Professor Wendy Bellion, Associate Dean for the Humanities, together with University of Delaware Art History alumna Kristel Smentek, edited a book recently published by Bloomsbury, Material Cultures of the Global Eighteenth Century: Art, Mobility and Change. Partial funding for the book was provided by the Center for Material Culture Studies. With essays exploring prints, architecture, silk, and porcelain, among other materials, Material Cultures of the Global Eighteenth Century will be a valuable resource for scholars of the eighteenth century and material culture, alike. For more information, see the Bloomsbury Publishing website and its description of the book below.
Things change. Broken and restored, reused and remade, objects transcend their earliest functions, locations, and appearances. While every era witnesses change, the eighteenth century experienced artistic, economic, and demographic transformations that exerted unique pressures on material cultures around the world. Locating material objects at the heart of such phenomena, Material Cultures of the Global Eighteenth Century expands beyond Eurocentric perspectives to discover the mobile, transcultural nature of eighteenth-century art worlds. From porcelain to betel leaves, Chumash hats to natural history cabinets, this book examines how objects embody imperialism, knowledge, and resistance in various ways.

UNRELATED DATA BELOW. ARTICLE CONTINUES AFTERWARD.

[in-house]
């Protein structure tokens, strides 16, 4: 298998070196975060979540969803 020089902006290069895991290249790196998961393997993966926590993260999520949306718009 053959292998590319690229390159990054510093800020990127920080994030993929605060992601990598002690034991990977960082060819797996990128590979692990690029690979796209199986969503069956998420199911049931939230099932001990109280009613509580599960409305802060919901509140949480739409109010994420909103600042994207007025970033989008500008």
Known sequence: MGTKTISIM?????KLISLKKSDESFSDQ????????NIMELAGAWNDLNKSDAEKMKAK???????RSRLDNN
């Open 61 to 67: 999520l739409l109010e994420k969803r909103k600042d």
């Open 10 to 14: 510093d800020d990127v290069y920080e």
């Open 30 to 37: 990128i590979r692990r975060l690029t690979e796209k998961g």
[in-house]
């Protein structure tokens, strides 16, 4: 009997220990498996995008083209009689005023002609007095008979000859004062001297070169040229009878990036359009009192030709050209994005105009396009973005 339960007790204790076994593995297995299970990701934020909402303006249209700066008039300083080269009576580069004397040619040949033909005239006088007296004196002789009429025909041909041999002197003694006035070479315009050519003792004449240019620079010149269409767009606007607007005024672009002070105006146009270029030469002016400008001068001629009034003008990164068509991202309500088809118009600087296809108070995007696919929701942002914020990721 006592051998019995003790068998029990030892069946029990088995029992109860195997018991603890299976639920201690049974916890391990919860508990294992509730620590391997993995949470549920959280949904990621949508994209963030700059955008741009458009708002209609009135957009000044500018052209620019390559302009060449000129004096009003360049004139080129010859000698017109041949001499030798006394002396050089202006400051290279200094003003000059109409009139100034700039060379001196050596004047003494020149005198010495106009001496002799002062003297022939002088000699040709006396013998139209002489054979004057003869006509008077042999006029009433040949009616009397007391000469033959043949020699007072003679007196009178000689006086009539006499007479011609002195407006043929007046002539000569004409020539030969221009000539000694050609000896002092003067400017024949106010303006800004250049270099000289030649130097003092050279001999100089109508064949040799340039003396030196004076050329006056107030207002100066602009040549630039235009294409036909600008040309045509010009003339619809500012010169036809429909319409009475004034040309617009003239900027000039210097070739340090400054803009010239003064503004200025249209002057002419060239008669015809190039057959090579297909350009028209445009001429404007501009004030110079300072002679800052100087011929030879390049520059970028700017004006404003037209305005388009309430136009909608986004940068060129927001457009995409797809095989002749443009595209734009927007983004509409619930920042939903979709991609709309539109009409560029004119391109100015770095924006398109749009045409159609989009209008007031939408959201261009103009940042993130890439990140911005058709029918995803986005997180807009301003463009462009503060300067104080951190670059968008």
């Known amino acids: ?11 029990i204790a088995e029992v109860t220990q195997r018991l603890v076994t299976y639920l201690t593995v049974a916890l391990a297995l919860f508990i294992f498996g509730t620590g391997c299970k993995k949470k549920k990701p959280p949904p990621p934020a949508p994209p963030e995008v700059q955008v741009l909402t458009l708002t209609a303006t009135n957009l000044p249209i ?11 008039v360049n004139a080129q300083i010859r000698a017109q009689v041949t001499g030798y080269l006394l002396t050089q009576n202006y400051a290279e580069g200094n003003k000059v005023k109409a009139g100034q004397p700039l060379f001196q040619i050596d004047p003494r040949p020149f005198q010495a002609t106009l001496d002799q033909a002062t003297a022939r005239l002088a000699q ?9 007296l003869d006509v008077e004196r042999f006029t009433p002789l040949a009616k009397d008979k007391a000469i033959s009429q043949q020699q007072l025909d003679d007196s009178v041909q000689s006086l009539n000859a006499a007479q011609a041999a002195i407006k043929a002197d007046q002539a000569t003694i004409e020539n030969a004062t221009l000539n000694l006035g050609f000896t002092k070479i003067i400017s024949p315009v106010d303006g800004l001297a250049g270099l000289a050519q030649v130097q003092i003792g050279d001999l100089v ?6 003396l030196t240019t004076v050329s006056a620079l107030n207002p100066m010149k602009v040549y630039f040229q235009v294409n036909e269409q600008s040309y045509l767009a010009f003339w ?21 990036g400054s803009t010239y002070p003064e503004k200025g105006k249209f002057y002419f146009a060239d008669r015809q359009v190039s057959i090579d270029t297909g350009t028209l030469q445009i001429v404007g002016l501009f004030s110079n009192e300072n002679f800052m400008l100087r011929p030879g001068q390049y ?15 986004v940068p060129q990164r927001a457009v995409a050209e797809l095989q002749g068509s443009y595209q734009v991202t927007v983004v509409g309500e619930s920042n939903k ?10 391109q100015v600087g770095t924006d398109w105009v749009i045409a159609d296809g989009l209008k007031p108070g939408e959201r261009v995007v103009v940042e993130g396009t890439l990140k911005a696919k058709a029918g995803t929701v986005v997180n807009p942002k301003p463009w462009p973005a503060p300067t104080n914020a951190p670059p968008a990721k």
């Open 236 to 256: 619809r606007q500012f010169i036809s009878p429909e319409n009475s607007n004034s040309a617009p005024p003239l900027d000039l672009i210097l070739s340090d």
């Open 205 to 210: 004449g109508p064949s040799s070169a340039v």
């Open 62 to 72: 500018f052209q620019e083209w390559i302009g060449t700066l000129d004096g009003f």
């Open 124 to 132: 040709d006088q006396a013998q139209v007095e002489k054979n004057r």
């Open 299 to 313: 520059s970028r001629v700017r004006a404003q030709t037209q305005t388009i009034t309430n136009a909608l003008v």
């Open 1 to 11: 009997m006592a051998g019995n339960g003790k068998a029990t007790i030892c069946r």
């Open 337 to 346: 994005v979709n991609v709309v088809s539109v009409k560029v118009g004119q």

By embracing things both elite and everyday, this volume investigates physical and technological manipulations of objects while attending to the human agents who shaped them in an era of accelerating global contact and conquest. Featuring ten essays, the volume foregrounds diverse scholarly approaches to chart new directions for art history and cultural history. Ranging from California to China, Bengal to Britain, Material Cultures of the Global Eighteenth Century illuminates the transformations within and between artistic media, follows natural and human-made things as they migrate across territories, and reveals how objects catalyzed change in the transoceanic worlds of the early modern period.